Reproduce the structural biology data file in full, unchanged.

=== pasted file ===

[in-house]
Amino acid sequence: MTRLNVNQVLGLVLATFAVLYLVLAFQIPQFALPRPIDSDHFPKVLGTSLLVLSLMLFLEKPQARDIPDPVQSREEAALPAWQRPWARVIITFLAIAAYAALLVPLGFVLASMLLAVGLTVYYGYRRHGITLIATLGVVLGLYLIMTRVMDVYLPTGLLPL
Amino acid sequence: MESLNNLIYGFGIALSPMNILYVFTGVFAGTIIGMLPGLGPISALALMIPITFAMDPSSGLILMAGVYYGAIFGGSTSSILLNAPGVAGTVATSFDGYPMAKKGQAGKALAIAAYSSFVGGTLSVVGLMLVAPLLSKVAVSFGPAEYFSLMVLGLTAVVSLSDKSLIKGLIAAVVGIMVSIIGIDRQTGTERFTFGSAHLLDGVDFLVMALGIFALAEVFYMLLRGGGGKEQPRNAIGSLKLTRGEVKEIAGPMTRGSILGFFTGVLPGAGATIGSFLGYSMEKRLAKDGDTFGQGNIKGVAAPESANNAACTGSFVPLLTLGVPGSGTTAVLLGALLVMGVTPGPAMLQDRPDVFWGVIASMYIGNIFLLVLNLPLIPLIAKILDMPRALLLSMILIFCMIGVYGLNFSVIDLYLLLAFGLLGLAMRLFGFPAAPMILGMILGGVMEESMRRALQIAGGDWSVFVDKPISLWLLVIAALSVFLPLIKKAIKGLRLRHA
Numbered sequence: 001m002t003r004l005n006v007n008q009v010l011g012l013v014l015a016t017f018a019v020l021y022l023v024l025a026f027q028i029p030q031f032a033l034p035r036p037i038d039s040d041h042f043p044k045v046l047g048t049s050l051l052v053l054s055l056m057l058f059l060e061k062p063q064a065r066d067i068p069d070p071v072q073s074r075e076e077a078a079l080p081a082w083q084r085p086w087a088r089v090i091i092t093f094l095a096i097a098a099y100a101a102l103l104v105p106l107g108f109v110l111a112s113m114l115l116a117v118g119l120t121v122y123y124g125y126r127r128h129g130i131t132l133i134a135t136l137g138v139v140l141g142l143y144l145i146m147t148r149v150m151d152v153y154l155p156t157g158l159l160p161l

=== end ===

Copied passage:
[in-house]
Amino acid sequence: MTRLNVNQVLGLVLATFAVLYLVLAFQIPQFALPRPIDSDHFPKVLGTSLLVLSLMLFLEKPQARDIPDPVQSREEAALPAWQRPWARVIITFLAIAAYAALLVPLGFVLASMLLAVGLTVYYGYRRHGITLIATLGVVLGLYLIMTRVMDVYLPTGLLPL
Amino acid sequence: MESLNNLIYGFGIALSPMNILYVFTGVFAGTIIGMLPGLGPISALALMIPITFAMDPSSGLILMAGVYYGAIFGGSTSSILLNAPGVAGTVATSFDGYPMAKKGQAGKALAIAAYSSFVGGTLSVVGLMLVAPLLSKVAVSFGPAEYFSLMVLGLTAVVSLSDKSLIKGLIAAVVGIMVSIIGIDRQTGTERFTFGSAHLLDGVDFLVMALGIFALAEVFYMLLRGGGGKEQPRNAIGSLKLTRGEVKEIAGPMTRGSILGFFTGVLPGAGATIGSFLGYSMEKRLAKDGDTFGQGNIKGVAAPESANNAACTGSFVPLLTLGVPGSGTTAVLLGALLVMGVTPGPAMLQDRPDVFWGVIASMYIGNIFLLVLNLPLIPLIAKILDMPRALLLSMILIFCMIGVYGLNFSVIDLYLLLAFGLLGLAMRLFGFPAAPMILGMILGGVMEESMRRALQIAGGDWSVFVDKPISLWLLVIAALSVFLPLIKKAIKGLRLRHA
Numbered sequence: 001m002t003r004l005n006v007n008q009v010l011g012l013v014l015a016t017f018a019v020l021y022l023v024l025a026f027q028i029p030q031f032a033l034p035r036p037i038d039s040d041h042f043p044k045v046l047g048t049s050l051l052v053l054s055l056m057l058f059l060e061k062p063q064a065r066d067i068p069d070p071v072q073s074r075e076e077a078a079l080p081a082w083q084r085p086w087a088r089v090i091i092t093f094l095a096i097a098a099y100a101a102l103l104v105p106l107g108f109v110l111a112s113m114l115l116a117v118g119l120t121v122y123y124g125y126r127r128h129g130i131t132l133i134a135t136l137g138v139v140l141g142l143y144l145i146m147t148r149v150m151d152v153y154l155p156t157g158l159l160p161l